Project on State Game Lands 12 and 36 to benefit grouse and woodcock
Good things come in threes. The third and final phase of the “Roughneck Aspen Management Project” was recently completed on State Game Lands 12 and 36 in Franklin Township, Bradford County.
Encompassing 107 acres and split into three different blocks, the project will increase the amount of “early successional habitat” acreage on state game lands. Early successional habitat is generally described as a forest in the first 20 years of growth. It serves to meet the needs of wildlife requiring young forests to flourish. Species dependent on this habitat include ruffed grouse, American woodcock, golden-winged warbler, deer, bear and turkey.
The Game Commission and the Ruffed Grouse Society partnered with three energy
development companies to plan and execute the project with little to no cost to sportsmen.
Aspen stands were harvested to promote aspen root sprouting and select seed trees were left behind to provide soft and hard mast. Stems were left on site to provide cover for birds and mammals. Trees were cut during the winter months to protect root systems and ensure stored carbohydrates are at their peak for the ensuing growing season.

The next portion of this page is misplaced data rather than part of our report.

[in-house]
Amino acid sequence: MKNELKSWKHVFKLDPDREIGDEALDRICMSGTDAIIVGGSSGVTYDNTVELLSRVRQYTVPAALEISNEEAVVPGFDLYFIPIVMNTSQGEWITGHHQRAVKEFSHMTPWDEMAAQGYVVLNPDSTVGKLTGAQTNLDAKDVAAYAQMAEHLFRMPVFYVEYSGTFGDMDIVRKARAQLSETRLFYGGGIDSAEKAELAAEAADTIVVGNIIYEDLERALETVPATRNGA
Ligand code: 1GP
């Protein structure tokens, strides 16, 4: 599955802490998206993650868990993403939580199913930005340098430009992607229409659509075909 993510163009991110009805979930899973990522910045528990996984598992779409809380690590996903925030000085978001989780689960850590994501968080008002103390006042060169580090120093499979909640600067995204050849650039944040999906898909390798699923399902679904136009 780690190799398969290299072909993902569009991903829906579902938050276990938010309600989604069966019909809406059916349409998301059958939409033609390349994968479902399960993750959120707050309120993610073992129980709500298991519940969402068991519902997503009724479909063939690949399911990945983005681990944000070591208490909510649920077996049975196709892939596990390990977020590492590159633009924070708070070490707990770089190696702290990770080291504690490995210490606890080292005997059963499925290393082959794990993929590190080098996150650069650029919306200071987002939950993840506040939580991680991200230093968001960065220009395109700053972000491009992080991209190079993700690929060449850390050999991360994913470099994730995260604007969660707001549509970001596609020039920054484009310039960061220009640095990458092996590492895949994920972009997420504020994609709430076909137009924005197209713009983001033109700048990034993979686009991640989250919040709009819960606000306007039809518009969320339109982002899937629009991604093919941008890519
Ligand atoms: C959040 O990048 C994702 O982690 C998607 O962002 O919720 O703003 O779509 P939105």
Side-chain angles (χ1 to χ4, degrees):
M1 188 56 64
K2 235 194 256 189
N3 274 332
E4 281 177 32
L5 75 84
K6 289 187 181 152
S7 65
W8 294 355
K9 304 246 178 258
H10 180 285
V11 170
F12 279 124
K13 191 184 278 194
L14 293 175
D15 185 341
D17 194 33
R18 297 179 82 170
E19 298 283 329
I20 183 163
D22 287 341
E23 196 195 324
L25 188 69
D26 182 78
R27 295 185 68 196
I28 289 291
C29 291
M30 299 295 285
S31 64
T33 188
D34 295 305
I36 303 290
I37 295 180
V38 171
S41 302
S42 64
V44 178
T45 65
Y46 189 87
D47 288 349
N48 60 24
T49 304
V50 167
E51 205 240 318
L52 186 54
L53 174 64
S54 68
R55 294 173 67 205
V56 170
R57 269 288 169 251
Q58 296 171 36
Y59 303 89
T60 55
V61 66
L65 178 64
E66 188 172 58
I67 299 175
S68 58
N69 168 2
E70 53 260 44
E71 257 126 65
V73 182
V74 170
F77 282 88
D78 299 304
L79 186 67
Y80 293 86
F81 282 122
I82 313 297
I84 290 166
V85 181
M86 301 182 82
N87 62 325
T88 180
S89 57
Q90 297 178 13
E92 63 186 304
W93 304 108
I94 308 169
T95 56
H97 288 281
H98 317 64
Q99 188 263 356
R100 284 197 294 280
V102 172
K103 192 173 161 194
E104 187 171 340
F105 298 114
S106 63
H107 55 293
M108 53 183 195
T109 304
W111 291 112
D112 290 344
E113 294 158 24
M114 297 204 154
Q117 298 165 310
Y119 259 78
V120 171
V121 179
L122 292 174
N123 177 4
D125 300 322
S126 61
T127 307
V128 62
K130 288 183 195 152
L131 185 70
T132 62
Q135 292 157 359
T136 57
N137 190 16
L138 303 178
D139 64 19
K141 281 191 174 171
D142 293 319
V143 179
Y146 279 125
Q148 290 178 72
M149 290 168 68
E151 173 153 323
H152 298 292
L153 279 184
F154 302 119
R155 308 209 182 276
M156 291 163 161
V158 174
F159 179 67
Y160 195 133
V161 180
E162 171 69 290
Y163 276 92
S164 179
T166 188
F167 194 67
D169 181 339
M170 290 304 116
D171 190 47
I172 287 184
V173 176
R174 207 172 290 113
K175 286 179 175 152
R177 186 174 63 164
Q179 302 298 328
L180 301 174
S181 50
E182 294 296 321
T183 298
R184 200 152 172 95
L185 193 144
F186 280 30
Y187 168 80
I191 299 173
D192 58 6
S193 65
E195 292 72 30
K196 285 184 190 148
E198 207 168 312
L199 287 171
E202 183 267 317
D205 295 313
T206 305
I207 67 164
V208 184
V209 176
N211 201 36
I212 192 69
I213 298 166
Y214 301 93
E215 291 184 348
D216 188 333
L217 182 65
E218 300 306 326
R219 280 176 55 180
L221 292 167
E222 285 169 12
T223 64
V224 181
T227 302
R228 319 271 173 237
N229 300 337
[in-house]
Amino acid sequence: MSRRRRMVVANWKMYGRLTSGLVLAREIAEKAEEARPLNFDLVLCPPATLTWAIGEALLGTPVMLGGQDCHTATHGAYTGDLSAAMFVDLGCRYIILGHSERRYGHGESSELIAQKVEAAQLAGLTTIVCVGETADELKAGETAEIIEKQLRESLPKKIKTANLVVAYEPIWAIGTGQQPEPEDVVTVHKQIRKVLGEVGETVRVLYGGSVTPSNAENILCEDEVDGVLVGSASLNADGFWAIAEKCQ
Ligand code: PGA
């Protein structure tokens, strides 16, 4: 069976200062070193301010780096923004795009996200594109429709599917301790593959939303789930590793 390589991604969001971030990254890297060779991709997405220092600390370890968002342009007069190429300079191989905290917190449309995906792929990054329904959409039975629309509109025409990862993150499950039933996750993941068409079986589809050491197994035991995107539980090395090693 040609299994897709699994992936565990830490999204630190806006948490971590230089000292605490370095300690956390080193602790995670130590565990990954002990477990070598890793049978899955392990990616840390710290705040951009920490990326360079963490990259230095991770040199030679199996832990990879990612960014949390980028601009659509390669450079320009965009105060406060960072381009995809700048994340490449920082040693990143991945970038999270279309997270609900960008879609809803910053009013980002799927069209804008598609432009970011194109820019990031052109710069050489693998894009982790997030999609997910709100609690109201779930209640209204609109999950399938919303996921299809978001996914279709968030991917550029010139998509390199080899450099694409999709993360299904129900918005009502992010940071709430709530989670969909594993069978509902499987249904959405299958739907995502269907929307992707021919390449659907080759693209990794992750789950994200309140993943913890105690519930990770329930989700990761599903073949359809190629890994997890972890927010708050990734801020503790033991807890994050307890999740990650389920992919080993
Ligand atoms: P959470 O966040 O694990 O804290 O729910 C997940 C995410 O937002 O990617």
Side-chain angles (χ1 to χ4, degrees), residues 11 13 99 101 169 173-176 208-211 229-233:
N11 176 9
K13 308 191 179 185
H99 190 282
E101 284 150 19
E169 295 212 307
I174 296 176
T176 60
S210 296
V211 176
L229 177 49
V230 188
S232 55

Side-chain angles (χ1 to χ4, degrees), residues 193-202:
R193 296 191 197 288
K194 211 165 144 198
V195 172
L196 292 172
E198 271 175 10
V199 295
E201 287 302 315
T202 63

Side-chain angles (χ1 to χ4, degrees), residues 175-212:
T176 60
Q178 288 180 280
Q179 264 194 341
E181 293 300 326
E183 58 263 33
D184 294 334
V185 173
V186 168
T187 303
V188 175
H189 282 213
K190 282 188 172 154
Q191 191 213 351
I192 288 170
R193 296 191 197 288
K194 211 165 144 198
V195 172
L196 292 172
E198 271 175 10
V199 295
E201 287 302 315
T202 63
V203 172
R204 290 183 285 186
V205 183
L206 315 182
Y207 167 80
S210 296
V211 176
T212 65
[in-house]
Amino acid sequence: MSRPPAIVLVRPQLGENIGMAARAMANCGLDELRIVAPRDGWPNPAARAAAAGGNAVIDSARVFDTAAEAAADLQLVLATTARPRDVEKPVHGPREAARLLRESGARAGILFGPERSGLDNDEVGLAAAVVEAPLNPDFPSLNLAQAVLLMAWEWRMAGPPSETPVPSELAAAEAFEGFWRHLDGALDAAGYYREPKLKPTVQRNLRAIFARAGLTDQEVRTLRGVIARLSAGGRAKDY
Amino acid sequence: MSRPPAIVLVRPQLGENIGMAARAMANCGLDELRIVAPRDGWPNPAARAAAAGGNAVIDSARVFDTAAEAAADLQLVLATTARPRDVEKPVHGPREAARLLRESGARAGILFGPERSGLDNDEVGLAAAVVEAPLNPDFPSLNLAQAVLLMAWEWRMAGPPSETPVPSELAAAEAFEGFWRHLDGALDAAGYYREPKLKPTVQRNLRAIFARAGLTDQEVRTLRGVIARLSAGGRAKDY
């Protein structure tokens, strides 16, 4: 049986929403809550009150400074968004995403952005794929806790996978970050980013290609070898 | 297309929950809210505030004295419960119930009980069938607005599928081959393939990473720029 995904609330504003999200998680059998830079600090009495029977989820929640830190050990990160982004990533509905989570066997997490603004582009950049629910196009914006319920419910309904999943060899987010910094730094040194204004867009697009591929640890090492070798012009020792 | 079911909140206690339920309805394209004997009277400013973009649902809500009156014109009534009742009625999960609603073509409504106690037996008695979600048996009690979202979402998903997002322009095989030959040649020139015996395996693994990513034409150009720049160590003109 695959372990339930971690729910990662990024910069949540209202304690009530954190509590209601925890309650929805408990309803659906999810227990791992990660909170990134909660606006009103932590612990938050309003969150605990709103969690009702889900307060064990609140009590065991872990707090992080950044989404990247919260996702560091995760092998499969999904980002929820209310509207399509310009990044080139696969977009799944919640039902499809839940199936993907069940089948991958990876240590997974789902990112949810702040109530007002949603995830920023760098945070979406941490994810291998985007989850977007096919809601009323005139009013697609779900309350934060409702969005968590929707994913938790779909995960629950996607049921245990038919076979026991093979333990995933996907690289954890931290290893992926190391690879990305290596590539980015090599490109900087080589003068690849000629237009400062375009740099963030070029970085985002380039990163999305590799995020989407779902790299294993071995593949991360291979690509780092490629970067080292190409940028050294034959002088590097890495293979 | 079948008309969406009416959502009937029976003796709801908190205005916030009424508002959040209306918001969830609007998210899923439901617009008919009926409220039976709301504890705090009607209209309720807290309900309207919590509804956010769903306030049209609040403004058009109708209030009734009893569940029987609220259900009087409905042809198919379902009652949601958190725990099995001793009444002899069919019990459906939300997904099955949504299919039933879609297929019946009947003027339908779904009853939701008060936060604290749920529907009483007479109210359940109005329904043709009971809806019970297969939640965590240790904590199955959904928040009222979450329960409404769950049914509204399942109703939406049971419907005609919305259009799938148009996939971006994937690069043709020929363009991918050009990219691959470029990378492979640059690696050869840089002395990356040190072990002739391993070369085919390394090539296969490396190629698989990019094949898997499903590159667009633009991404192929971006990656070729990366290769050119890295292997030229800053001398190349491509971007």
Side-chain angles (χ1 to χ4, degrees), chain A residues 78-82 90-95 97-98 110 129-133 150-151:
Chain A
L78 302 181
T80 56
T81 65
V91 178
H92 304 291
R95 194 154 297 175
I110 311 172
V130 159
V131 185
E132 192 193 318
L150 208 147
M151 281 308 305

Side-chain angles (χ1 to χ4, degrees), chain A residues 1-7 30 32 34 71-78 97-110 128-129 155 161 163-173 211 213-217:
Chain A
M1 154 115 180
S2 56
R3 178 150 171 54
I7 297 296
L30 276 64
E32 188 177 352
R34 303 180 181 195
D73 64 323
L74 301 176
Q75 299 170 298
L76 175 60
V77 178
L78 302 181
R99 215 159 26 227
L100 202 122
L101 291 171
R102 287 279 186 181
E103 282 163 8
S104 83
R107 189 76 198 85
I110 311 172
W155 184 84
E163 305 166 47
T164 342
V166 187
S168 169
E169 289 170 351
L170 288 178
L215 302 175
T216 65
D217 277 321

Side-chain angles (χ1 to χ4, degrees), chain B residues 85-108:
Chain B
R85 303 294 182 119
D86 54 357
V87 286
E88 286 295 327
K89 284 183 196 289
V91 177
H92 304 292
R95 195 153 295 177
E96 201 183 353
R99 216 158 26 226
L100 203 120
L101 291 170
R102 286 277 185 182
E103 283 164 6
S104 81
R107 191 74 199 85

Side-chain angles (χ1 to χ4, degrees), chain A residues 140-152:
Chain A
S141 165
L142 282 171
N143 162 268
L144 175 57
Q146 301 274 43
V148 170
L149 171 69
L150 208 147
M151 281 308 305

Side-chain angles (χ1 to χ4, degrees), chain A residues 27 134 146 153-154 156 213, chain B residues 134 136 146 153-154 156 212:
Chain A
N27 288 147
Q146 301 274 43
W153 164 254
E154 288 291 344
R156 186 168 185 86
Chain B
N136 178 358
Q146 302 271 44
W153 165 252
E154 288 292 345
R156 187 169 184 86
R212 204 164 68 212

The project was a cooperative effort between the Game Commission, Ruffed Grouse Society, Chief Oil and Gas LLC., Energy Transfer Partners and Williams Midstream. Game Commission personnel provided technical support and oversight for the project, while the energy development companies employed contractors and provided funds to harvest timber.
Game Commission Northeast Region Forester Chad Barclay is credited with developing the project and supervised all phases of operations.
“These energy development companies have interests on state game lands and are committed to giving something back to wildlife and sportsmen,” said Game Commission Land Management Group Supervisor Phil Kasper. “The Roughneck Aspen Management Project is a prime example of how a wildlife agency, partnering with conservation organizations and industry, can make large-scale impacts on wildlife habitat within the commonwealth.”